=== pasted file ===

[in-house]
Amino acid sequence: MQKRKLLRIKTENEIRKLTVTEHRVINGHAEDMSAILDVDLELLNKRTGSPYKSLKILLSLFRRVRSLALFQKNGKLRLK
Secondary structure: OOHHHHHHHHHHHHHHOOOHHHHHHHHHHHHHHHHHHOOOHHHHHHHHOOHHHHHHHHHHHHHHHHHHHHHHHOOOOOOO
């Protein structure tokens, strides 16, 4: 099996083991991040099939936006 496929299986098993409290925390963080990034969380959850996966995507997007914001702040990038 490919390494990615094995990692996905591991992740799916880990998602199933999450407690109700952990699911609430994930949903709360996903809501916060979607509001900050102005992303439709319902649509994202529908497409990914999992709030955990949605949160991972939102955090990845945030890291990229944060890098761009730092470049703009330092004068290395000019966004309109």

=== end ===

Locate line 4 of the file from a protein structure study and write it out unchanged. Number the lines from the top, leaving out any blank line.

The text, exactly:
């Protein structure tokens, strides 16, 4: 099996083991991040099939936006 496929299986098993409290925390963080990034969380959850996966995507997007914001702040990038 490919390494990615094995990692996905591991992740799916880990998602199933999450407690109700952990699911609430994930949903709360996903809501916060979607509001900050102005992303439709319902649509994202529908497409990914999992709030955990949605949160991972939102955090990845945030890291990229944060890098761009730092470049703009330092004068290395000019966004309109």